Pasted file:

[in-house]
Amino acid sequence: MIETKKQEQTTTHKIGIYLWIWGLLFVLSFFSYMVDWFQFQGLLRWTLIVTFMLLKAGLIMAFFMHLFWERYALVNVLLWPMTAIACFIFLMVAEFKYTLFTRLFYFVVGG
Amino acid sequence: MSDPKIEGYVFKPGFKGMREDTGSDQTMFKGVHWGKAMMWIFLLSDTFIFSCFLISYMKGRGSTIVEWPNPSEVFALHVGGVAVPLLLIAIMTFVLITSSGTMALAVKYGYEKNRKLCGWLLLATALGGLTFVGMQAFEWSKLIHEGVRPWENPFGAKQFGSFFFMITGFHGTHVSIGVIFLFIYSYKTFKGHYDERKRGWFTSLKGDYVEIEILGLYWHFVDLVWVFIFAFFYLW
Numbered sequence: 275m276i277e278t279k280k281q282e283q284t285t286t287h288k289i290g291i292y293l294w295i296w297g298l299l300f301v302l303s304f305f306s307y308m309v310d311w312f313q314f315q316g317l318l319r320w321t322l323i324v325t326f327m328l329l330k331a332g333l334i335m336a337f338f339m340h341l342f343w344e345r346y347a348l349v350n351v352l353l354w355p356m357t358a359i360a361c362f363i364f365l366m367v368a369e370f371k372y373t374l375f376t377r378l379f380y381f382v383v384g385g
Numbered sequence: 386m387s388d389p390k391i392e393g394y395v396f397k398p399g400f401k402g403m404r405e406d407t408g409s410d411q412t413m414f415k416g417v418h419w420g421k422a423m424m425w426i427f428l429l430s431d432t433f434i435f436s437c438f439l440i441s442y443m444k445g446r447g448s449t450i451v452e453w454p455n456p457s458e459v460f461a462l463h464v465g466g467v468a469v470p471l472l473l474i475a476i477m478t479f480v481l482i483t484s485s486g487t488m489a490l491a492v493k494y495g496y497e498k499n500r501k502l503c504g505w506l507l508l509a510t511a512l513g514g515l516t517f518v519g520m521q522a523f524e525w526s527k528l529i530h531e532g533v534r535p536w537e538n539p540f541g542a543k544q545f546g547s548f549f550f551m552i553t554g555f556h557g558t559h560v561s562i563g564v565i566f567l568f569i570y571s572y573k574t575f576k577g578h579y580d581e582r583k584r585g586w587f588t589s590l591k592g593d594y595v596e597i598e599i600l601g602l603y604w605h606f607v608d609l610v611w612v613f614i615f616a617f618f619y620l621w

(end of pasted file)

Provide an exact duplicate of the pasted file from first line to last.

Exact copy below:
[in-house]
Amino acid sequence: MIETKKQEQTTTHKIGIYLWIWGLLFVLSFFSYMVDWFQFQGLLRWTLIVTFMLLKAGLIMAFFMHLFWERYALVNVLLWPMTAIACFIFLMVAEFKYTLFTRLFYFVVGG
Amino acid sequence: MSDPKIEGYVFKPGFKGMREDTGSDQTMFKGVHWGKAMMWIFLLSDTFIFSCFLISYMKGRGSTIVEWPNPSEVFALHVGGVAVPLLLIAIMTFVLITSSGTMALAVKYGYEKNRKLCGWLLLATALGGLTFVGMQAFEWSKLIHEGVRPWENPFGAKQFGSFFFMITGFHGTHVSIGVIFLFIYSYKTFKGHYDERKRGWFTSLKGDYVEIEILGLYWHFVDLVWVFIFAFFYLW
Numbered sequence: 275m276i277e278t279k280k281q282e283q284t285t286t287h288k289i290g291i292y293l294w295i296w297g298l299l300f301v302l303s304f305f306s307y308m309v310d311w312f313q314f315q316g317l318l319r320w321t322l323i324v325t326f327m328l329l330k331a332g333l334i335m336a337f338f339m340h341l342f343w344e345r346y347a348l349v350n351v352l353l354w355p356m357t358a359i360a361c362f363i364f365l366m367v368a369e370f371k372y373t374l375f376t377r378l379f380y381f382v383v384g385g
Numbered sequence: 386m387s388d389p390k391i392e393g394y395v396f397k398p399g400f401k402g403m404r405e406d407t408g409s410d411q412t413m414f415k416g417v418h419w420g421k422a423m424m425w426i427f428l429l430s431d432t433f434i435f436s437c438f439l440i441s442y443m444k445g446r447g448s449t450i451v452e453w454p455n456p457s458e459v460f461a462l463h464v465g466g467v468a469v470p471l472l473l474i475a476i477m478t479f480v481l482i483t484s485s486g487t488m489a490l491a492v493k494y495g496y497e498k499n500r501k502l503c504g505w506l507l508l509a510t511a512l513g514g515l516t517f518v519g520m521q522a523f524e525w526s527k528l529i530h531e532g533v534r535p536w537e538n539p540f541g542a543k544q545f546g547s548f549f550f551m552i553t554g555f556h557g558t559h560v561s562i563g564v565i566f567l568f569i570y571s572y573k574t575f576k577g578h579y580d581e582r583k584r585g586w587f588t589s590l591k592g593d594y595v596e597i598e599i600l601g602l603y604w605h606f607v608d609l610v611w612v613f614i615f616a617f618f619y620l621w